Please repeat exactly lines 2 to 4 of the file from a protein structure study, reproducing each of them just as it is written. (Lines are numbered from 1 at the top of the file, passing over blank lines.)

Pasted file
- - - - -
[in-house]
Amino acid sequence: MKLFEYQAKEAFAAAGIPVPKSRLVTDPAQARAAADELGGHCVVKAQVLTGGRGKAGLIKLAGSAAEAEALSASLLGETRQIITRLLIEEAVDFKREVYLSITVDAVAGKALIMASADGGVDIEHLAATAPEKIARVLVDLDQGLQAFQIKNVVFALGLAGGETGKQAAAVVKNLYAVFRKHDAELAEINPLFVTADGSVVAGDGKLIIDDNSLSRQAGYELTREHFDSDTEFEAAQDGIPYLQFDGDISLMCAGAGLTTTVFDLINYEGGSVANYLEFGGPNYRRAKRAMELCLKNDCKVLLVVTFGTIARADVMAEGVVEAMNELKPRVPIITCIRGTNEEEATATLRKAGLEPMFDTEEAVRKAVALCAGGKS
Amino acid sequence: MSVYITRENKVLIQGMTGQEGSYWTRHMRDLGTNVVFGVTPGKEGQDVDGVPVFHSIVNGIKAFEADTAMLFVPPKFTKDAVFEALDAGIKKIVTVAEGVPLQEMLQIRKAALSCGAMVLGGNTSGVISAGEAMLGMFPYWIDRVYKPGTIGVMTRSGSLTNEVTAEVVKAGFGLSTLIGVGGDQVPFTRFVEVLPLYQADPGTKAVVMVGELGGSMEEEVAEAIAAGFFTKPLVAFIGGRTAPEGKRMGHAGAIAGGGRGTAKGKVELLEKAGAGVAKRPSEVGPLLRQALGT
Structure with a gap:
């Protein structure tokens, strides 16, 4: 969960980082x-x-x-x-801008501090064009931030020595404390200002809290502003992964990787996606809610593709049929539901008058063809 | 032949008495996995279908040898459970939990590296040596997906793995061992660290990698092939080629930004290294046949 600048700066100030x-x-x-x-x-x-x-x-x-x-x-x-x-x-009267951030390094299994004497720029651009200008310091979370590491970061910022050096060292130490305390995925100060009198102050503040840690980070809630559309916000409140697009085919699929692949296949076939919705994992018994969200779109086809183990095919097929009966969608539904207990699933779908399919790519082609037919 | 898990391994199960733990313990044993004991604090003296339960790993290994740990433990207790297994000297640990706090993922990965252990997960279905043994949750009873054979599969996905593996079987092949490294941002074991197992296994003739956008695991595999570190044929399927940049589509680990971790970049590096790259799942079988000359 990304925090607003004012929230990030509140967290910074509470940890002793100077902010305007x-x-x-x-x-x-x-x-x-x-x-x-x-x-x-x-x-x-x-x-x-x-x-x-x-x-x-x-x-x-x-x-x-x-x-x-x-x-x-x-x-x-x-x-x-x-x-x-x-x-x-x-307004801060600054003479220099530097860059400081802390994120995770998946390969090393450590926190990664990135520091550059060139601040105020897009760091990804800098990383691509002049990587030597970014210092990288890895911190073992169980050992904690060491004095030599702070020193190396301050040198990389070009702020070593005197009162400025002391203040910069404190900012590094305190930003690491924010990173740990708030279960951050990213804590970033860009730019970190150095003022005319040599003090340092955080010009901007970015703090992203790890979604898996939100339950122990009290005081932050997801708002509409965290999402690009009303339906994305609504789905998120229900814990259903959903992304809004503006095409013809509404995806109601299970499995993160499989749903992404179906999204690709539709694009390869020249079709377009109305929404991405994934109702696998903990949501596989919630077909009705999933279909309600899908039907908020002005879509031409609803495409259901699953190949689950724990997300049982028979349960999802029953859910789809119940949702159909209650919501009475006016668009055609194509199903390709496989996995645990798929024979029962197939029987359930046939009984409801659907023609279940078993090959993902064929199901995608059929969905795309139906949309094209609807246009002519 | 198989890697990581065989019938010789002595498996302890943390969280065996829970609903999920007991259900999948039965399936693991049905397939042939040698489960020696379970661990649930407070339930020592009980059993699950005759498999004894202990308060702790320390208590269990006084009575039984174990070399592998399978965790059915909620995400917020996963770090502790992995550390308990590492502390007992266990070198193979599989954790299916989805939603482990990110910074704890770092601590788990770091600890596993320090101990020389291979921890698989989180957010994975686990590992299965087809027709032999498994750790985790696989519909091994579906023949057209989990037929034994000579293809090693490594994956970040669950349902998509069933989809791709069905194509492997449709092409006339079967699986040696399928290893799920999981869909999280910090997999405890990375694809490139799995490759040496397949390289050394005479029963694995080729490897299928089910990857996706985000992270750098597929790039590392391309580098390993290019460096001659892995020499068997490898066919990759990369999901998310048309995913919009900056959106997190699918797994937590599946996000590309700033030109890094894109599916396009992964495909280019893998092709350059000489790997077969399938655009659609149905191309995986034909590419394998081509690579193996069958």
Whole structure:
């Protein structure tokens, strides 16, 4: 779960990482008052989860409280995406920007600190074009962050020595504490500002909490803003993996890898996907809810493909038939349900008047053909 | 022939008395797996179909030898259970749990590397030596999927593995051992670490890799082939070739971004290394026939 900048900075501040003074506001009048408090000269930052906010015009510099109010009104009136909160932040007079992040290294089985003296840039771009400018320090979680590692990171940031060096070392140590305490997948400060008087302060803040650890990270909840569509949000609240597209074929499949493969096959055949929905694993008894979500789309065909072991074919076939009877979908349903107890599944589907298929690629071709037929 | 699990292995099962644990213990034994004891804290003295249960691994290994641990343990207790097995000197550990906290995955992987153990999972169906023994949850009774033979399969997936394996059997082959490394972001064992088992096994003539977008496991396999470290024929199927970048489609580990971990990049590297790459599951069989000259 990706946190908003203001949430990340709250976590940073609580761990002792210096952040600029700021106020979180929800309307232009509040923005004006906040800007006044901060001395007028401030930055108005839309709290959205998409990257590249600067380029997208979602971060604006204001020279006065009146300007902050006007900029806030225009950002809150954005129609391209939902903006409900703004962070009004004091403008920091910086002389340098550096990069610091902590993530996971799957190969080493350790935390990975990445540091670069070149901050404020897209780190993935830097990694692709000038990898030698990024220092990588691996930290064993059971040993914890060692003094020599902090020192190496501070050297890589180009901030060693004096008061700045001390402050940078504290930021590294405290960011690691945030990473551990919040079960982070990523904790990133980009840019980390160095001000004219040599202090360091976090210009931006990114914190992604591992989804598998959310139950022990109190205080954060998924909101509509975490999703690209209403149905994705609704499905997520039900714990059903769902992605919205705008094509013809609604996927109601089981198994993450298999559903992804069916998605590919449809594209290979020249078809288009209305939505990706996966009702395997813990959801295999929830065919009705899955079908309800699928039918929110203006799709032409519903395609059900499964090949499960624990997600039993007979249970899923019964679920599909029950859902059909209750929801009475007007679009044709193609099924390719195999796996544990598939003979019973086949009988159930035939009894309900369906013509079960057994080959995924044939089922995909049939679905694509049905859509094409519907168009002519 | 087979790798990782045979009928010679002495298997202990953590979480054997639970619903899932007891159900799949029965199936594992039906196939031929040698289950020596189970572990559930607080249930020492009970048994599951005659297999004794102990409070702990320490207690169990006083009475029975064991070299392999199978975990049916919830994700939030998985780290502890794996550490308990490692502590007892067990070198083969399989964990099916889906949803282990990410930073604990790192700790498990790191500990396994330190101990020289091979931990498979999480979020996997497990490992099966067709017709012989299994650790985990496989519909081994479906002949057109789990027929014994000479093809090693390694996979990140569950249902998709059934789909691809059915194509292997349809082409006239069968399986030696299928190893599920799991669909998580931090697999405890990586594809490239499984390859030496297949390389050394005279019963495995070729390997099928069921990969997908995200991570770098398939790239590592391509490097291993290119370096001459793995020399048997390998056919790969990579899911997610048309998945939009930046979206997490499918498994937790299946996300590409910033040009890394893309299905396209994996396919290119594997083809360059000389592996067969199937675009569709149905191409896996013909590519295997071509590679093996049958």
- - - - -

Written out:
Amino acid sequence: MKLFEYQAKEAFAAAGIPVPKSRLVTDPAQARAAADELGGHCVVKAQVLTGGRGKAGLIKLAGSAAEAEALSASLLGETRQIITRLLIEEAVDFKREVYLSITVDAVAGKALIMASADGGVDIEHLAATAPEKIARVLVDLDQGLQAFQIKNVVFALGLAGGETGKQAAAVVKNLYAVFRKHDAELAEINPLFVTADGSVVAGDGKLIIDDNSLSRQAGYELTREHFDSDTEFEAAQDGIPYLQFDGDISLMCAGAGLTTTVFDLINYEGGSVANYLEFGGPNYRRAKRAMELCLKNDCKVLLVVTFGTIARADVMAEGVVEAMNELKPRVPIITCIRGTNEEEATATLRKAGLEPMFDTEEAVRKAVALCAGGKS
Amino acid sequence: MSVYITRENKVLIQGMTGQEGSYWTRHMRDLGTNVVFGVTPGKEGQDVDGVPVFHSIVNGIKAFEADTAMLFVPPKFTKDAVFEALDAGIKKIVTVAEGVPLQEMLQIRKAALSCGAMVLGGNTSGVISAGEAMLGMFPYWIDRVYKPGTIGVMTRSGSLTNEVTAEVVKAGFGLSTLIGVGGDQVPFTRFVEVLPLYQADPGTKAVVMVGELGGSMEEEVAEAIAAGFFTKPLVAFIGGRTAPEGKRMGHAGAIAGGGRGTAKGKVELLEKAGAGVAKRPSEVGPLLRQALGT
Structure with a gap: